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Roof Rafter Spacing, Span, and Sizing Explained



V Susan
Hi! I'm Susan. I am passionate about woodworking, general DIY and home improvement. If you'd like to connect with me or talk about something you like at mellowpine, drop me a mail at susan@mellowpine.com


Roof Rafter Spacing,Span and Sizing

Rafters act as support for roofs of houses, sheds, porches, cabins, and garages.

The International Residential Code (IRC) 2021 specifies roof rafter spacings of 12″, 16″, 19.2″, and 24″.The common sizes for rafters include 2×4, 2×6, 2×8, 2×10, and 2×12. For a particular span, rafter spacing distance can vary based on the species of lumber, grade, and load conditions.

Roof Rafter Spacing, Span, and Sizing Requirements

Roof Rafter Configuration.
Roof Rafter Configuration.

Rafter spacing is the distance between the centers of two consecutive parallel rafters.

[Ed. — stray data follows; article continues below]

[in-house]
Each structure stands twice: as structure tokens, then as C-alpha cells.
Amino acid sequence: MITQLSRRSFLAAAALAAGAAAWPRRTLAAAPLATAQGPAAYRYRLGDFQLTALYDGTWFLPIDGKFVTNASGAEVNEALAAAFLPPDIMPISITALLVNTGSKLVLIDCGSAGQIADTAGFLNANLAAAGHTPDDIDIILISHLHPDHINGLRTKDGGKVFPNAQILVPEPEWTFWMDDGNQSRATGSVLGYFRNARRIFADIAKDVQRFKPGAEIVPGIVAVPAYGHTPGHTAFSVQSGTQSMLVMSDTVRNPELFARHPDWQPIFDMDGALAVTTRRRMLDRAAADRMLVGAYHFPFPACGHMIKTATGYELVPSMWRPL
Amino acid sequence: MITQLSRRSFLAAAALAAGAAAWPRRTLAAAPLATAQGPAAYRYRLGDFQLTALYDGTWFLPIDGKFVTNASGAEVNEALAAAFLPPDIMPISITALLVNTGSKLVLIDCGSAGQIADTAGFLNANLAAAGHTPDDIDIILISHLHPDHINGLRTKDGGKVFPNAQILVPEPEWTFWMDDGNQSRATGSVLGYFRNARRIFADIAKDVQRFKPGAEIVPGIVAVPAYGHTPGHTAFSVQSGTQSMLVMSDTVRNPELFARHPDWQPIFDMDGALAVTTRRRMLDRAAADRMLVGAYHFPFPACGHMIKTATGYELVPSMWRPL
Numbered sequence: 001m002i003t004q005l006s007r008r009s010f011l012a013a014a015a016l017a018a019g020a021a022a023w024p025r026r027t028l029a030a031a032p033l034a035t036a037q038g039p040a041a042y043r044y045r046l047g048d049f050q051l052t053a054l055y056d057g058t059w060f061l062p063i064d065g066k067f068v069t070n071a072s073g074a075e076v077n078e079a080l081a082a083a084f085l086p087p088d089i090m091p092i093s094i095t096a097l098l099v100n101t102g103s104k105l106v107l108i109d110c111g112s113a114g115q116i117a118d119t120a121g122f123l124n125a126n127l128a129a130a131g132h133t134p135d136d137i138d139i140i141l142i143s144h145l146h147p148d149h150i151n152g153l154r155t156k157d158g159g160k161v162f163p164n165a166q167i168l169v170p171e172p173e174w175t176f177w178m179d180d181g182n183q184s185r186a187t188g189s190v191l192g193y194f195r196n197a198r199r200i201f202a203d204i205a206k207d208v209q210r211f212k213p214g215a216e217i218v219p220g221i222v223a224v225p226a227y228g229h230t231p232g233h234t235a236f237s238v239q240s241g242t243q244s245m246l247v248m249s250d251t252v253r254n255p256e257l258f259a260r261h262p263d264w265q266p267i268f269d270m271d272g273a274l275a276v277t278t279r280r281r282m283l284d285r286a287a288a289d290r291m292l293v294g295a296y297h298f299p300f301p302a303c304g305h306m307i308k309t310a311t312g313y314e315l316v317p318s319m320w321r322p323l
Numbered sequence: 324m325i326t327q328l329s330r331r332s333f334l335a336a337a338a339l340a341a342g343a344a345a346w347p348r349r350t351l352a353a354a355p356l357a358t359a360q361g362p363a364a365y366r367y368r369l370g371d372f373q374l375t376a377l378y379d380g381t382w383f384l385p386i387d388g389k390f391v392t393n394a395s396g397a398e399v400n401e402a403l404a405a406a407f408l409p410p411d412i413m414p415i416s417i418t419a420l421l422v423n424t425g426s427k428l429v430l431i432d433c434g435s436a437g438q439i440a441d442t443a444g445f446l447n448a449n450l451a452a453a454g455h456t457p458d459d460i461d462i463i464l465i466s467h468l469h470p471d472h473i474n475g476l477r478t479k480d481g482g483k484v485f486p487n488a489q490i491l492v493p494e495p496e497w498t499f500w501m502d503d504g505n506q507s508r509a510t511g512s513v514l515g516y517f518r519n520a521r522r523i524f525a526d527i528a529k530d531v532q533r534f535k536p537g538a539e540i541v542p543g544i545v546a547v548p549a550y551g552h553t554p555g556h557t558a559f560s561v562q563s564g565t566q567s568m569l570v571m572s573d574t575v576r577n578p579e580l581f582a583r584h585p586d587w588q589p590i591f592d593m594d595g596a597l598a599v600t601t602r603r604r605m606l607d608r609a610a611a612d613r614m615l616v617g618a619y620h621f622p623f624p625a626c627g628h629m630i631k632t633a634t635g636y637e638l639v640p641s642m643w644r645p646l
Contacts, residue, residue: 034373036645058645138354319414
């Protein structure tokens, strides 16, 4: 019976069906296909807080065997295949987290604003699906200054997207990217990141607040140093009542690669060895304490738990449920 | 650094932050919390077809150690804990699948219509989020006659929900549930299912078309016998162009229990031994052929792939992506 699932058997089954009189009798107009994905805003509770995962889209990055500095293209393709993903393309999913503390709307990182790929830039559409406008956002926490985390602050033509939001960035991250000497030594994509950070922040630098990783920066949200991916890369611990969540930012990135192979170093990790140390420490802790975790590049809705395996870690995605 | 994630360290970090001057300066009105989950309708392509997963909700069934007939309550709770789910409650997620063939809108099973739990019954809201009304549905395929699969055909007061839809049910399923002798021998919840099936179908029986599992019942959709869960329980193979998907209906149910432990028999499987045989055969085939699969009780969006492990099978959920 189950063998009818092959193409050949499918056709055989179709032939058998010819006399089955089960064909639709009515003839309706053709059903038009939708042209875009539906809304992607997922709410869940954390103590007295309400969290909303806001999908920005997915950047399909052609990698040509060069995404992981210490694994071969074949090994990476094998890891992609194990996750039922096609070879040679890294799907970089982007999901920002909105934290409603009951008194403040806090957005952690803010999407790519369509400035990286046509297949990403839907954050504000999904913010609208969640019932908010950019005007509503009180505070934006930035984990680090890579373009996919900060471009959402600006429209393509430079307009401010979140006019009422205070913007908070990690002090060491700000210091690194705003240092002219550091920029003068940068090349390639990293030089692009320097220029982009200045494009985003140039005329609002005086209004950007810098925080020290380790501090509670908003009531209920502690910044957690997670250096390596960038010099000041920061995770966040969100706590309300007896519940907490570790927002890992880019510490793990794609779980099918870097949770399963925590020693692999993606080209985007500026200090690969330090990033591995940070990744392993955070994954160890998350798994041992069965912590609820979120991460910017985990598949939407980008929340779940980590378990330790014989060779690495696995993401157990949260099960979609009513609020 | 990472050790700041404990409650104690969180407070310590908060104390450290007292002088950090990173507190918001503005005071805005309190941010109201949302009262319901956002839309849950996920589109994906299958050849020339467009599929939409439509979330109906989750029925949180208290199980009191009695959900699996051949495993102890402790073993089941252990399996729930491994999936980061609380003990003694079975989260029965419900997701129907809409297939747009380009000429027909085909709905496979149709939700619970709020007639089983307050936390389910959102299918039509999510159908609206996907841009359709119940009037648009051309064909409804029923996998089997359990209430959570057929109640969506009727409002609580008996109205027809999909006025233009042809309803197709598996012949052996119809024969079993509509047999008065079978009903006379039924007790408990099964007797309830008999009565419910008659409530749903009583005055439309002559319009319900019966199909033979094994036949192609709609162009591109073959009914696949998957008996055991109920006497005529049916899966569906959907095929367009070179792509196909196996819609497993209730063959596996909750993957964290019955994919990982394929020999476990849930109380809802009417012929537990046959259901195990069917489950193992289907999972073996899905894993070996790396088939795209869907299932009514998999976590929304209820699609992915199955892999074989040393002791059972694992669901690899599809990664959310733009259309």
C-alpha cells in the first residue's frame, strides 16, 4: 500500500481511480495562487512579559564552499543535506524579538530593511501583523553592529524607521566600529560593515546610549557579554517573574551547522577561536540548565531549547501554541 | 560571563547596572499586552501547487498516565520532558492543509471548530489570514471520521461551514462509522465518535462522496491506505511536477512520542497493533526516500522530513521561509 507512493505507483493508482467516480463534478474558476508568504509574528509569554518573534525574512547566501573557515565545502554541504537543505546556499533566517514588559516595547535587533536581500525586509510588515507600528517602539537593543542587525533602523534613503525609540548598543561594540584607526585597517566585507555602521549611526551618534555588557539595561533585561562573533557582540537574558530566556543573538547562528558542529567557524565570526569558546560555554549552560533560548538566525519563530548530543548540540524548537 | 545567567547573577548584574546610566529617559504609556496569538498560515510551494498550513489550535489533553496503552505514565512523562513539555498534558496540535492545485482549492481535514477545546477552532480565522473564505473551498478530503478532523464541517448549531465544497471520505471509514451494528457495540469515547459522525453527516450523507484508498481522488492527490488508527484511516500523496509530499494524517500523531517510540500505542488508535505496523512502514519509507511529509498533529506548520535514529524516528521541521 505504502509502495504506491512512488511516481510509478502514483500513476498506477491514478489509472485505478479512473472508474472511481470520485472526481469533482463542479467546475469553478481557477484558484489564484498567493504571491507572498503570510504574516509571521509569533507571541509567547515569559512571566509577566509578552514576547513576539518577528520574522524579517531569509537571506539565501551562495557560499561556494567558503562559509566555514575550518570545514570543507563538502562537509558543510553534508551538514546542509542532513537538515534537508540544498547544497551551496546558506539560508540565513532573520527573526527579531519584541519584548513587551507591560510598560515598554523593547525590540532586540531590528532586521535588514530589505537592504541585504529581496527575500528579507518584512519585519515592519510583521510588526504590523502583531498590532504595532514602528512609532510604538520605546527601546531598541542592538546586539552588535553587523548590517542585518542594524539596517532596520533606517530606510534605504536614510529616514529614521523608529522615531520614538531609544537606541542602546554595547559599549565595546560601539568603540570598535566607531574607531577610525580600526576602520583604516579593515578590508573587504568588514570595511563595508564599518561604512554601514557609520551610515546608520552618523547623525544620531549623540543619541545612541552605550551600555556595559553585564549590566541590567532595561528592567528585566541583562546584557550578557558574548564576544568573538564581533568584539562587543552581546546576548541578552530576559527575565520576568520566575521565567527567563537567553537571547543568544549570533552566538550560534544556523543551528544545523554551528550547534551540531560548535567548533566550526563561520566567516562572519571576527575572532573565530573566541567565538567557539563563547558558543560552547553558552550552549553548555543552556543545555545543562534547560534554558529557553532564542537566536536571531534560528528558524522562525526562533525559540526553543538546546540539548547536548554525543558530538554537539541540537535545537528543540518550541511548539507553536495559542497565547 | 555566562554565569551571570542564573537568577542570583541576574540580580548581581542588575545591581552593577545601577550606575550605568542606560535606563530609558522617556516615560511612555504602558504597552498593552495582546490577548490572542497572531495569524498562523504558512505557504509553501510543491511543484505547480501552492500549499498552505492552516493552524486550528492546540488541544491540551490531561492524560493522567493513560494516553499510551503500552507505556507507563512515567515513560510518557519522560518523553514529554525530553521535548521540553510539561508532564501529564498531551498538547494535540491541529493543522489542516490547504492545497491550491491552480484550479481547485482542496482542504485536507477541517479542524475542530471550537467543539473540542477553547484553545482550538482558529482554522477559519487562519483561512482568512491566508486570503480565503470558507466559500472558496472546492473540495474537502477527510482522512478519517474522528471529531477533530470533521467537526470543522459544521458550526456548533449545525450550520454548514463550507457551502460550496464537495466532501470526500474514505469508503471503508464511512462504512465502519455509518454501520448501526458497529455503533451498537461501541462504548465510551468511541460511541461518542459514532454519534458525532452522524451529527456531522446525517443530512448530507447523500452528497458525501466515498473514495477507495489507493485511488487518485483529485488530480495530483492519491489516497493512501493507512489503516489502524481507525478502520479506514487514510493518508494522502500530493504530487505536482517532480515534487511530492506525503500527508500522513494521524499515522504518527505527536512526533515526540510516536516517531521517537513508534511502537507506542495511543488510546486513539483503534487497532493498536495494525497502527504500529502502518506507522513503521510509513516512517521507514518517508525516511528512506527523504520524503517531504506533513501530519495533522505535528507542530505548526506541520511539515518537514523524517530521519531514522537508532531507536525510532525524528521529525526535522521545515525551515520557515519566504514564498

The typical on-center spacing provided in the International Residential Code (IRC) 2021 includes spacings of 12”, 16”, 19.2”, and 24”.

Specifically, 10.5″, 14.5″, 17.7″, and 22.5″ are the actual spacings.

Roof Rafters.
Roof Rafters.

Rafter spacing is an essential parameter of roof design.

Once the rafter spacing is determined, the number of total rafters and their span can be calculated.

A greater distance between two rafters allows them to span a shorter length.

A Douglas fir-larch, SS grade 2×6 rafter spans 18’ with 12” spacing, while it only spans 14’-4” with 24” spacing.

These tables are for dead loads of 10 psf and live loads of 20 psf with unattached ceilings.

Rafters SpacingSpeciesGrade2×62×8
(inches)  Spans (ft-in)Spans (ft-in)